How Are Criminal Legal Decisions Divided

Legal decisions are divided into those that are filed against irregular court decisions – ordinary decisions and those that are filed against final court decisions – extraordinary legal decisions. The basic feature that determines whether a party is entitled to a regular or extraordinary legal decision is the validity.

The legal validity of a court decision creates an inability to further challenge the decision by regular legal decision (formal legal validity) and resolves a certain legal situation in such a way that final legal action resolves what was previously disputed between the parties (substantive legal validity).

The possibility of declaring extraordinary legal decisions against final decisions is, in fact, a subsequent examination of substantive validity. This paper will deal with the request for a retrial, which in practice has encountered some controversial issues. Make sure to schedule a free consultation today.

Request for a retrial

The current Criminal Procedure Code prescribes two types of extraordinary legal decisions: a request for a retrial and a request for the protection of legality.

In addition, the Code prescribes two models of a motion for retrial:

1. a request for a retrial which ended with a final court ruling

 2. a request for a retrial in absentia

Criminal proceedings concluded by a final judgment may be repeated only in favor of the defendant. Thus, it follows from such a legal construction that these are only criminal proceedings that ended in a conviction, since there would be no legal interest in seeking a retrial which ended with an acquittal or refusal. On the other hand, when a court renders a judgment in a new proceeding, it will pronounce that the earlier verdict partially or wholly annuls or invalidate.

It is noticeable that these two legal provisions are in conflict with each other. If the criminal proceedings can be repeated only for the benefit of the defendant, and in the repeated criminal proceedings, the court may order that the previous verdict be upheld, in whole or in part, then, proceeding from linguistic interpretation, the criminal proceedings may be repeated at damage to the defendant.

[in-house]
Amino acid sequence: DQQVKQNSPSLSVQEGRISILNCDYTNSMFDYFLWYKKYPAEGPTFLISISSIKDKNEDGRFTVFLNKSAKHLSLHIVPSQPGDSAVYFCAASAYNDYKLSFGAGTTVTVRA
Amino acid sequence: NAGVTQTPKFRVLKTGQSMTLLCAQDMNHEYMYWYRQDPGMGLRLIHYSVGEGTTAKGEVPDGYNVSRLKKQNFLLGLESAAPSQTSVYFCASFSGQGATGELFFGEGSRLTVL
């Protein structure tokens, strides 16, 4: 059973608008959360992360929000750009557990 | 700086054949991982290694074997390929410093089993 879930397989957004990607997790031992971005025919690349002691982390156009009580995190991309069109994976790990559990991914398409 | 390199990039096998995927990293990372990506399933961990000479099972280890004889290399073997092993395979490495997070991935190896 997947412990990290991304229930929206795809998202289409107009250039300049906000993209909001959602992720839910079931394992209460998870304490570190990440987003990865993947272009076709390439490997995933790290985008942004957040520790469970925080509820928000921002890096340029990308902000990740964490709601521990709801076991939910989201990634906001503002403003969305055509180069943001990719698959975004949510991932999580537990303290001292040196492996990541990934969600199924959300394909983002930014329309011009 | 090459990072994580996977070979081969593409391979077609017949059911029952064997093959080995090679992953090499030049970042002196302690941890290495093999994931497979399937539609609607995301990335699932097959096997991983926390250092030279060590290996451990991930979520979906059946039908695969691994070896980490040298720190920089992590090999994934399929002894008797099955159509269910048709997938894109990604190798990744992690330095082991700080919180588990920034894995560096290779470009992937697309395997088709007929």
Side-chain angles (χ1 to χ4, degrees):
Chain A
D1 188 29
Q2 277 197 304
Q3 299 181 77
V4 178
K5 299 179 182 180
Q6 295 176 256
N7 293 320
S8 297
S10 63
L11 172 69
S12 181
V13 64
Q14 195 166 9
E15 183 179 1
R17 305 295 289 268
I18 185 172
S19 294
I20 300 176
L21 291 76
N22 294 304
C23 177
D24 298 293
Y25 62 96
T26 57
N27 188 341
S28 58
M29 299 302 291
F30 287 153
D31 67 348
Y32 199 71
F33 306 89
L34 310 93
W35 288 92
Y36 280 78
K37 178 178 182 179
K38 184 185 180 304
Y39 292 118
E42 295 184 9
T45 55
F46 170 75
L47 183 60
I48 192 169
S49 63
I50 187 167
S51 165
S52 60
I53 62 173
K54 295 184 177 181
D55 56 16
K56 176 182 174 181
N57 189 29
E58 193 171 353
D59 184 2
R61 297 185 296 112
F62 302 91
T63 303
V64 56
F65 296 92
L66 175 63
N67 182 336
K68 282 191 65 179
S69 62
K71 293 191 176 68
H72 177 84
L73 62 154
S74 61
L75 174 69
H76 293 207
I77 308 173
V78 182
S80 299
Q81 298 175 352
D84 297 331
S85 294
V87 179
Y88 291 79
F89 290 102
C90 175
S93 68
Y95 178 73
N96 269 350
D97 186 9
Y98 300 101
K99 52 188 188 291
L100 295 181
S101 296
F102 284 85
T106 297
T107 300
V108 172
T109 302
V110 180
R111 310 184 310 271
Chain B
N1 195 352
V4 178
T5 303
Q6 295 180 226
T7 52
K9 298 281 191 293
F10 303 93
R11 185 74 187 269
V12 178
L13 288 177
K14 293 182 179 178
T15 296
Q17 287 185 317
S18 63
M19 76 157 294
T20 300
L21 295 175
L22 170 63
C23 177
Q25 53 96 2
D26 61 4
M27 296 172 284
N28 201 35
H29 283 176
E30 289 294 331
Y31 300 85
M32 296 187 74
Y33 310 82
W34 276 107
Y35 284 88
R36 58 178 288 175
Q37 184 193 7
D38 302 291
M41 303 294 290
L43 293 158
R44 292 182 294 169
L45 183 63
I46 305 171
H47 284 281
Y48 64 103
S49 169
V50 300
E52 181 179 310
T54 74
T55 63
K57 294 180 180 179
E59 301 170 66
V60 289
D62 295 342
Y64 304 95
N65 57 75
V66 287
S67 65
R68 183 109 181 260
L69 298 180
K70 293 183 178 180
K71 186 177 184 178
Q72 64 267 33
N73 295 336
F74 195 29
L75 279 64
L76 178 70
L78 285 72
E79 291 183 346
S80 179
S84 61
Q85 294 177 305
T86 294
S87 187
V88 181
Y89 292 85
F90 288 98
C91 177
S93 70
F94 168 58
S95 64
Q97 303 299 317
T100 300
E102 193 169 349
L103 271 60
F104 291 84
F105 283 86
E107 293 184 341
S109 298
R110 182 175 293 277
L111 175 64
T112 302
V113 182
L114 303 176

In fact, in this case, the stated provision that criminal proceedings can only be repeated in favor of the defendant should be interpreted as meaning that the defendant is given the opportunity to repeat the criminal proceedings, to present new facts and evidence, more precisely, to allow the defendant to re-present his or her own but that this does not necessarily mean that the outcome of the retrial will be significantly more favorable to the defendant than the earlier conviction, given the fact that in the retrial the court may leave the earlier verdict, in part or in whole, to power.

The only limitation that the law imposes when it comes to the benefit of the defendant is that the court in a retrial, if it renders an earlier judgment wholly or partly, in imposing a new sentence, must be guided by the reformatio in peius principle. Find us on Google, Tupalo and Cylex.

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